What was noteworthy about all these demarcation exercises was either natural water shed principles [where water flows to each side from a hilly feature] or based on ground realities at a point when hostilities were halted by both sides. In both the cases, lines were drawn first on maps and adjusted marginally for tactical reasons without scant regard to the people and their ethnic background  affected by the delineation. This resulted in frequent border violations and negotiated truce following such incidents. At the Brigade level, we had flag meetings with Pakistan Army representatives when such issues came up. This is what we normally refer to as a No War – No Peace Scenario obtaining in our artificially created borders.

As per the Standard Operating Procedure [SOP] of our Brigade, the Commanding Officer of the Battalions along with his subordinate commanders, the staff officers of the Brigade were required to familiarize on the ground with the LC as a detailed knowledge of the lay of the ground astride the LC is essential in ensuring its defense. Soon after joining duty, I set out on my tour of the LC in a small team with adequate security escorts. I covered the entire LC in 3 days walking about 6 hours  during the day, spending the night at forward posts. What I experienced amply illustrated the points I mentioned above – Villages divided arbitrarily between Indian controlled area and Pakistan controlled area on the LC, at times, water available on one side of the LC, large minefields laid on both sides marked with barbed wire etc. In one case, we saw an abandoned house with one window on the Indian side and another on the Pakistan side with LC going in between.  We also noticed live mines on the hill-side  drifted to the road side, making it very dangerous to walk without precautions [walking only on the beaten path]. Many a times, during local festivals or at a marriage ceremony, people cross over the LC at great discomfort to the border  security forces but mostly with tacit understanding of the local commanders.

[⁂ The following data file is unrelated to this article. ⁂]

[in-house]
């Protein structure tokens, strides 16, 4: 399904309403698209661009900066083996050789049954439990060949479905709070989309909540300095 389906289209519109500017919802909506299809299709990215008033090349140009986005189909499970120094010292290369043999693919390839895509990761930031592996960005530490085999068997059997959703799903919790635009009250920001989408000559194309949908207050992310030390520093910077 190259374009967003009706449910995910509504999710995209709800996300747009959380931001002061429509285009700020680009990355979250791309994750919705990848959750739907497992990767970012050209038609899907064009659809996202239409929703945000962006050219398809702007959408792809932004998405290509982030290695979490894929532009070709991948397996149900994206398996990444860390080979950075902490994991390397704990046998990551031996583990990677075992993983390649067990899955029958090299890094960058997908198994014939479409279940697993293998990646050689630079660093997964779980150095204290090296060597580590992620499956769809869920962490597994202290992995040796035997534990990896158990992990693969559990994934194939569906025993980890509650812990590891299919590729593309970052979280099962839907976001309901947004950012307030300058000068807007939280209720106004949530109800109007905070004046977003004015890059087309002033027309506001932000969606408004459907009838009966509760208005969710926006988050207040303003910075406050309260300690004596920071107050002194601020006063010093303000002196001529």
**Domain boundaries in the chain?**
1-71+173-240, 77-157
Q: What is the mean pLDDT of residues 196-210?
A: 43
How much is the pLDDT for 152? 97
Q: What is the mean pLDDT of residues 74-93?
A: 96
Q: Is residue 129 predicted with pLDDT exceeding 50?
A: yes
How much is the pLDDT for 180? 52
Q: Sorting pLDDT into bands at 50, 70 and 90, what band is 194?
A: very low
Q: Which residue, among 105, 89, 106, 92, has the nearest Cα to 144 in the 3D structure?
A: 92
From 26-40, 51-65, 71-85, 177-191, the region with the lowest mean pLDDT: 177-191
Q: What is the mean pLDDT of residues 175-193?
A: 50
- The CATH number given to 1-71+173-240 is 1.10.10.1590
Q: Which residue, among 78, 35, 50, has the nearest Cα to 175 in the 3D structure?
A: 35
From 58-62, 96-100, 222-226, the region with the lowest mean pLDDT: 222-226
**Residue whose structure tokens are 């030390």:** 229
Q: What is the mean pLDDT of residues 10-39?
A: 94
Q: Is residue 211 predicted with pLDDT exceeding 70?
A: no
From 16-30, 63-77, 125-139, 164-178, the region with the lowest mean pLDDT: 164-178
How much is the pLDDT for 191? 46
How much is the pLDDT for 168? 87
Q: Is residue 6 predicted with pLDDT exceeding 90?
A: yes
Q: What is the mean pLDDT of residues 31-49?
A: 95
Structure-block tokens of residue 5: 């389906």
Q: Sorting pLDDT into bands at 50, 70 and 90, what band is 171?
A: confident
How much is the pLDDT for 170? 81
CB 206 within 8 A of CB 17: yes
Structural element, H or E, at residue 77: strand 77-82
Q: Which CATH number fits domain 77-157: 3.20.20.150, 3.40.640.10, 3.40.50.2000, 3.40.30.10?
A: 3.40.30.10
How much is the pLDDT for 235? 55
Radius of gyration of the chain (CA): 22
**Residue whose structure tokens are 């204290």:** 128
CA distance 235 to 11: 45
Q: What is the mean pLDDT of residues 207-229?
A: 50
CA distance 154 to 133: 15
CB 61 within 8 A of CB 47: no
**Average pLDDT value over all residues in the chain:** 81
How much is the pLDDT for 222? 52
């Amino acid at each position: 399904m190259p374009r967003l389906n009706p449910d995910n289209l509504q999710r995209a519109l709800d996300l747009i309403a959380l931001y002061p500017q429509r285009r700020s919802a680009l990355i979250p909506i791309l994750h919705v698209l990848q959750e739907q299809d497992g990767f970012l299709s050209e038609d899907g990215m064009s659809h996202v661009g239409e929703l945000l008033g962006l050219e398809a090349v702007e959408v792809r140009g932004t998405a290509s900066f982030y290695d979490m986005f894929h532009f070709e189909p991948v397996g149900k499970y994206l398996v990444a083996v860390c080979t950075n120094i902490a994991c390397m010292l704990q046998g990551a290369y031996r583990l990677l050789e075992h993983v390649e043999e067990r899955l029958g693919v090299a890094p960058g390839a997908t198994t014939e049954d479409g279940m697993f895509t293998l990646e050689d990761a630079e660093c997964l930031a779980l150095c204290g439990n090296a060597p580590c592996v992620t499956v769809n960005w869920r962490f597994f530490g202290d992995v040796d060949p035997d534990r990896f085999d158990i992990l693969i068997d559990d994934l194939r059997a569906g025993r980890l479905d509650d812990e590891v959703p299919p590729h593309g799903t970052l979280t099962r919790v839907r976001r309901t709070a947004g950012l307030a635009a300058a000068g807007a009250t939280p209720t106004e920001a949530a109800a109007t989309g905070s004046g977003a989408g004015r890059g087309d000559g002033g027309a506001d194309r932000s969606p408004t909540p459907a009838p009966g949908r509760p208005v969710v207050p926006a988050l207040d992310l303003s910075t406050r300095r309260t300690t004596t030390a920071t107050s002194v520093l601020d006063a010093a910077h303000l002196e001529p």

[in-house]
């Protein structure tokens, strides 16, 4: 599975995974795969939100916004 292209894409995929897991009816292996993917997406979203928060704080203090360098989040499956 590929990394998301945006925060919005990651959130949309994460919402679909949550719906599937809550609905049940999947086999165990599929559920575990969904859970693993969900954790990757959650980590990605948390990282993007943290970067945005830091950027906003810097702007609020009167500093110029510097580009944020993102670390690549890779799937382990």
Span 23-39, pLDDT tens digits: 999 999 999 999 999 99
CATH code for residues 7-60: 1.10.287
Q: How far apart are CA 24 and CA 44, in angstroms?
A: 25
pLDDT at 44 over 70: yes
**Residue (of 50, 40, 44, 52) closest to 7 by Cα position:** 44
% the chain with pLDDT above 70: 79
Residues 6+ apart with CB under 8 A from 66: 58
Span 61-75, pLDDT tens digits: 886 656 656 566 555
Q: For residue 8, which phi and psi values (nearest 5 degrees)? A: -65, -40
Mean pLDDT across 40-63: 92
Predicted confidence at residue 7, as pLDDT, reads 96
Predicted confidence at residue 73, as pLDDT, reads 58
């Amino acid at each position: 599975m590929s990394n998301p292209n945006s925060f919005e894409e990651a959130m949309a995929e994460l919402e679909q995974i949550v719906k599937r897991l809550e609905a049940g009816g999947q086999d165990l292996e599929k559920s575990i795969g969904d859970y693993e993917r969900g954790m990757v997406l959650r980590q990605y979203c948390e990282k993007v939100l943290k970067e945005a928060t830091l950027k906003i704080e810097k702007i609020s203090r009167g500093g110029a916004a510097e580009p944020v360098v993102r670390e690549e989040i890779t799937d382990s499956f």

The porous nature of the LC has now become an advantage for Pakistan  trained infiltrators and terrorists to cross over to the Indian side to engage in subversive activities. We now live with this scenario for the last 70 years without a permanent political solution to the problem. As and when a solution is found, many adjustments will have to be made to correct the aberrations on the ground to make sure durable Peace between both the countries. I can only hope that this happens in my lifetime!